Course Hero. "Coriolanus Study Guide." Course Hero. 16 Mar. 2018. Web. 7 May 2021. <https://www.coursehero.com/lit/Coriolanus/>.
Course Hero. (2018, March 16). Coriolanus Study Guide. In Course Hero. Retrieved May 7, 2021, from https://www.coursehero.com/lit/Coriolanus/
(Course Hero, 2018)
Course Hero. "Coriolanus Study Guide." March 16, 2018. Accessed May 7, 2021. https://www.coursehero.com/lit/Coriolanus/.
Course Hero, "Coriolanus Study Guide," March 16, 2018, accessed May 7, 2021, https://www.coursehero.com/lit/Coriolanus/.
Coriolanus says goodbye to his wife, mother, Cominius, and Menenius. Cominius offers to travel with Coriolanus for a month so that word can be sent to his family. Coriolanus tells him Cominius is too war weary to follow him. Menenius wishes he were younger so he could come with him. Virgilia is beside herself with grief. Sentenced to exile and saying goodbye to friends and loved ones, Coriolanus still takes time to insult the populace. He calls them the "beast with many heads."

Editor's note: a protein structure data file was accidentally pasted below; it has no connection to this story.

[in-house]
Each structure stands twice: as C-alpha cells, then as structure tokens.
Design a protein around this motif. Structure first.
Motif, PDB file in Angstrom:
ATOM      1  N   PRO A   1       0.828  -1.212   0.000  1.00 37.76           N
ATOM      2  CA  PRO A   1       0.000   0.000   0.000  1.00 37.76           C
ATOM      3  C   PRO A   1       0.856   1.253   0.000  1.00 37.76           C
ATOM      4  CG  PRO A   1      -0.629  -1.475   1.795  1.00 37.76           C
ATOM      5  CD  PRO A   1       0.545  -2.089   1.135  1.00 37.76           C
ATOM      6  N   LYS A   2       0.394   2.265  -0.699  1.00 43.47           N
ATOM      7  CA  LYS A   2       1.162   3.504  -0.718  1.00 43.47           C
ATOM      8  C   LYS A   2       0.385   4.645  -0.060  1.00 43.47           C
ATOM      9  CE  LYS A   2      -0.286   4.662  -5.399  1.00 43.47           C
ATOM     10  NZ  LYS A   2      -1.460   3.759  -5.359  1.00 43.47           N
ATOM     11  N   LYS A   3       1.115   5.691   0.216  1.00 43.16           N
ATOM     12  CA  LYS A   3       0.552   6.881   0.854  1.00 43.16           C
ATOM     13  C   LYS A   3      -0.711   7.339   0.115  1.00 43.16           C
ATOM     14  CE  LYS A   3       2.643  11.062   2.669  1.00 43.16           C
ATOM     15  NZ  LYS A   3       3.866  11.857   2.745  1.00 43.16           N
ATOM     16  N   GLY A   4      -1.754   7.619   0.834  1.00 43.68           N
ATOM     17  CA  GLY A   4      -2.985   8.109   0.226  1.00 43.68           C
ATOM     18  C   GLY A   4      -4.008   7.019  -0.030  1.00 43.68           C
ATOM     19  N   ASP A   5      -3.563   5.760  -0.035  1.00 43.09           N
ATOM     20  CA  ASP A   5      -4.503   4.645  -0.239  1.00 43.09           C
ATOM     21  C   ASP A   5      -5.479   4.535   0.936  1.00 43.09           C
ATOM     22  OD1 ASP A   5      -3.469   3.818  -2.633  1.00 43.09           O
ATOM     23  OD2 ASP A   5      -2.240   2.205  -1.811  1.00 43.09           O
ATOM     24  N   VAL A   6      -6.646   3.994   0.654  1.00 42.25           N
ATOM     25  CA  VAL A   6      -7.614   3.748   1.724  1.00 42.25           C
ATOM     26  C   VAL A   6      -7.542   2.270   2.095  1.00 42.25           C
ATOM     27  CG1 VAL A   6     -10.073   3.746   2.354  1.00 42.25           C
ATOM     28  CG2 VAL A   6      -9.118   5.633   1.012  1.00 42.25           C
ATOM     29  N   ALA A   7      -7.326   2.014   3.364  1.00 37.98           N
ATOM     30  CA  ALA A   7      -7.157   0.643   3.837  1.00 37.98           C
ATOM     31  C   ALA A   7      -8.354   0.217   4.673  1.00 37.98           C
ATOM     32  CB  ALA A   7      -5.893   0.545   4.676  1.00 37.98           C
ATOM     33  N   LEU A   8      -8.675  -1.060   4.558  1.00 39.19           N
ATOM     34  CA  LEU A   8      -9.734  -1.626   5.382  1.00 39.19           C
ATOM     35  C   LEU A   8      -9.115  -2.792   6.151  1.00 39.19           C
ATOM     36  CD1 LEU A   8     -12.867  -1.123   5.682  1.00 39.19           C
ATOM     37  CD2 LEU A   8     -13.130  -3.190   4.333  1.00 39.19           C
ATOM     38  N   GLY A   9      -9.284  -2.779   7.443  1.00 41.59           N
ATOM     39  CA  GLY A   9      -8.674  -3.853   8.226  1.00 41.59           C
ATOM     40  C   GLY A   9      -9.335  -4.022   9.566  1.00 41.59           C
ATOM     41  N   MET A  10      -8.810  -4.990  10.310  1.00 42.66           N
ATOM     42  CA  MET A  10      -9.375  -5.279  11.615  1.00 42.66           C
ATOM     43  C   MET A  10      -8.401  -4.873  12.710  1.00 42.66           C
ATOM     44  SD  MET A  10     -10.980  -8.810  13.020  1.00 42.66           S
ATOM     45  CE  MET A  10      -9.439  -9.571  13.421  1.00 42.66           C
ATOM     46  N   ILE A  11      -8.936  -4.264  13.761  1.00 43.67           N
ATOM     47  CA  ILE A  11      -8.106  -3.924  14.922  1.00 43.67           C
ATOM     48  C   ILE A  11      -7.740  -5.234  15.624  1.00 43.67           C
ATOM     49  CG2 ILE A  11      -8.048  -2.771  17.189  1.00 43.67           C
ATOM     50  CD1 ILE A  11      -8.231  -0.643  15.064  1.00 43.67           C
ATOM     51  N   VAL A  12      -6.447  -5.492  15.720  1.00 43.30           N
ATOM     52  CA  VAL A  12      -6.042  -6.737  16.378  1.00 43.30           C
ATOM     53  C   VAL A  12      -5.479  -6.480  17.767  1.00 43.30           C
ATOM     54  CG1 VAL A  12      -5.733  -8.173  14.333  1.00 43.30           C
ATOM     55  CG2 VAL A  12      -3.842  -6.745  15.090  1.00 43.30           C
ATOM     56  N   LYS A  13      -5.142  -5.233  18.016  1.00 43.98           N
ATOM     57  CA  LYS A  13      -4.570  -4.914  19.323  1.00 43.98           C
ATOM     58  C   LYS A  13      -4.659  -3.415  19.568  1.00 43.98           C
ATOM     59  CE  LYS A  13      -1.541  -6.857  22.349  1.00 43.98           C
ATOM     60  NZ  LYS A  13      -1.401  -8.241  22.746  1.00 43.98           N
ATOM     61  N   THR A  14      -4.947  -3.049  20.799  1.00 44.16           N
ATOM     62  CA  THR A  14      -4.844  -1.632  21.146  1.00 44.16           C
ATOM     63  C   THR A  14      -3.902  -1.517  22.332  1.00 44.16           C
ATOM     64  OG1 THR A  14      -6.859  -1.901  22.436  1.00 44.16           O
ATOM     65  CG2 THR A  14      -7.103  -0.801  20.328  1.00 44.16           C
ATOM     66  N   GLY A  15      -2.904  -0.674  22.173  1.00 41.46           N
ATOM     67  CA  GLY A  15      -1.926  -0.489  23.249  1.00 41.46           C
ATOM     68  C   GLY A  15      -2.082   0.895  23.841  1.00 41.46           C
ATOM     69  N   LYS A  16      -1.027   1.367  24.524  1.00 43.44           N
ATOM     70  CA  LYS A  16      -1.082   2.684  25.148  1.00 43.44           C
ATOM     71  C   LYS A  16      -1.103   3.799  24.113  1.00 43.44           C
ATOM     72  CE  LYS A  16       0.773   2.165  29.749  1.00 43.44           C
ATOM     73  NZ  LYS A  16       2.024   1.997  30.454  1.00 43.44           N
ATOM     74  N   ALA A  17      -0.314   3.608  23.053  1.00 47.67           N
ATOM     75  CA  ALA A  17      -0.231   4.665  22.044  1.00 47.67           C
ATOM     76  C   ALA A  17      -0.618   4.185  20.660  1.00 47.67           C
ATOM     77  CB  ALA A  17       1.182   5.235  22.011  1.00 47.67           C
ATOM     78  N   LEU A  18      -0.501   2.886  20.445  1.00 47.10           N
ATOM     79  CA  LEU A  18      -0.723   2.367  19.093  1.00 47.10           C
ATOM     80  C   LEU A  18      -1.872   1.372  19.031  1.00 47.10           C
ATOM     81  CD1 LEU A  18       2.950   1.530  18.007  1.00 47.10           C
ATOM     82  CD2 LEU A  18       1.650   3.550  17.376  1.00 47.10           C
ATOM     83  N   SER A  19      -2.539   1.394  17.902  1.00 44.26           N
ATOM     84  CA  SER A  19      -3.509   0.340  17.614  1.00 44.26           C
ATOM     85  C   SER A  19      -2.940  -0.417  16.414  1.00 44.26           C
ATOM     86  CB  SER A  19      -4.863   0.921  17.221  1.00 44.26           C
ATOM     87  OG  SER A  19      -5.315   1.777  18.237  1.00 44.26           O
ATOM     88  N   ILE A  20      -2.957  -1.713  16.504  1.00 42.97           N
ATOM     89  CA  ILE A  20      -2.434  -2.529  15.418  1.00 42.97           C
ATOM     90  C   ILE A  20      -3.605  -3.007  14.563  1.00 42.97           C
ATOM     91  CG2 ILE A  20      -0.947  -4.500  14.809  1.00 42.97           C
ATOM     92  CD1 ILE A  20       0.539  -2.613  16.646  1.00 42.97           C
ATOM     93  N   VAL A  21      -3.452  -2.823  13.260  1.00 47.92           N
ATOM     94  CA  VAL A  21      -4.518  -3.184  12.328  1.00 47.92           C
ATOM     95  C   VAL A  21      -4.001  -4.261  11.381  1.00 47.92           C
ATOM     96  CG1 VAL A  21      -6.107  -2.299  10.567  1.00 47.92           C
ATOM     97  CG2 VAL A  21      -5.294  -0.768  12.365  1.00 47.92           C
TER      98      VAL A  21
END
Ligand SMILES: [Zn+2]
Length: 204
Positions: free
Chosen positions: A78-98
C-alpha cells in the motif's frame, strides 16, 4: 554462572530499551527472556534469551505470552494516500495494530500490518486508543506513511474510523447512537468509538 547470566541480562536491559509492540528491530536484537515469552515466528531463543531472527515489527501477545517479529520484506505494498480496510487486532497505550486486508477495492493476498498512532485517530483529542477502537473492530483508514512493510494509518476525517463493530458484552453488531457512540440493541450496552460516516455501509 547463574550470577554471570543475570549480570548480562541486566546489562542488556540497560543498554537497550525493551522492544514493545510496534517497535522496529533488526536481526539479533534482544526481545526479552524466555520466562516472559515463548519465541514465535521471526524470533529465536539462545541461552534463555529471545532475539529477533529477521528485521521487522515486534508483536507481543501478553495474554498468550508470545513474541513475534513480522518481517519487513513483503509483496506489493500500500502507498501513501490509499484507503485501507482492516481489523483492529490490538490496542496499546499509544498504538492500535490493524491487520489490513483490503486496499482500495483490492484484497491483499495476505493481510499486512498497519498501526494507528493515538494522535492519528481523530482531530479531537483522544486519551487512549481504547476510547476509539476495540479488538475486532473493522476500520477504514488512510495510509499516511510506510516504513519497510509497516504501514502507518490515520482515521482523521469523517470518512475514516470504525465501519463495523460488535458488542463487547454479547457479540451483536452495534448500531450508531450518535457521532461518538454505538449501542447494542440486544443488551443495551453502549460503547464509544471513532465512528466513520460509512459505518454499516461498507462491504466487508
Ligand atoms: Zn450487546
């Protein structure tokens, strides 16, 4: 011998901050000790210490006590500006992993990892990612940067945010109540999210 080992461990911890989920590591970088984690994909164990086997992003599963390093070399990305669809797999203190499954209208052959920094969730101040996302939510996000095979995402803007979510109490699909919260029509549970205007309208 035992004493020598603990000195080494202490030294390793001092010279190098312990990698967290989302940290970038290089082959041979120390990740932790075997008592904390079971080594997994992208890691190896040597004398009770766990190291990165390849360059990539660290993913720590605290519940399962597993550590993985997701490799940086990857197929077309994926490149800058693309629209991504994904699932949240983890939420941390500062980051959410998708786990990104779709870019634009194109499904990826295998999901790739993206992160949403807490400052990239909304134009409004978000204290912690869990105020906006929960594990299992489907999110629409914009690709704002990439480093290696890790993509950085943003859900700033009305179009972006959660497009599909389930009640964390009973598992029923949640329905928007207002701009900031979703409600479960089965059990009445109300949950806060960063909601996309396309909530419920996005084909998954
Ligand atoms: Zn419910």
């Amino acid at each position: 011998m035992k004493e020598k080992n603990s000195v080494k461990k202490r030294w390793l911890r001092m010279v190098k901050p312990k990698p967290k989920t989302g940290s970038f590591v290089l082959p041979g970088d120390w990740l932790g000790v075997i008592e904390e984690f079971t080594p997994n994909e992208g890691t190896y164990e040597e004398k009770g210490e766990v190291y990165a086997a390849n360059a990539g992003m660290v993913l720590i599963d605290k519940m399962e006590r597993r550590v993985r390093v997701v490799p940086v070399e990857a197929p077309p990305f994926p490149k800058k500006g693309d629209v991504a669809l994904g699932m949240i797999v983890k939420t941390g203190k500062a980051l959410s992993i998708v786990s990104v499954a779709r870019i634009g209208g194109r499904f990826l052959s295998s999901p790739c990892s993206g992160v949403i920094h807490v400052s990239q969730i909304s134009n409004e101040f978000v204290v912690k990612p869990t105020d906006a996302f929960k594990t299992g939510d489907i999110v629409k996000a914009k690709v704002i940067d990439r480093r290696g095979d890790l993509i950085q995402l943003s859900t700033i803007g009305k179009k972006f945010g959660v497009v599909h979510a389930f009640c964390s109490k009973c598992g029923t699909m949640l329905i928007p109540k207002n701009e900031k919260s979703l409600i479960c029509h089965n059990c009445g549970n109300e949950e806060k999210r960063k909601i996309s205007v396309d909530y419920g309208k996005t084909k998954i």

The "beast with many heads" is a reference to the Hydra, which was a multiheaded beast that destroyed anyone in its path.
Exile in ancient Rome was commonly used as a punishment in lieu of the death penalty. This form of punishment also accentuates the isolation of Coriolanus from society more effectively than the death penalty: he would have died a Roman (albeit a traitor), but now he is a man without a country.
Structurally this scene feels like a resolution to the tense, climactic scene at the end of Act 3 when Coriolanus faces the possibility of death.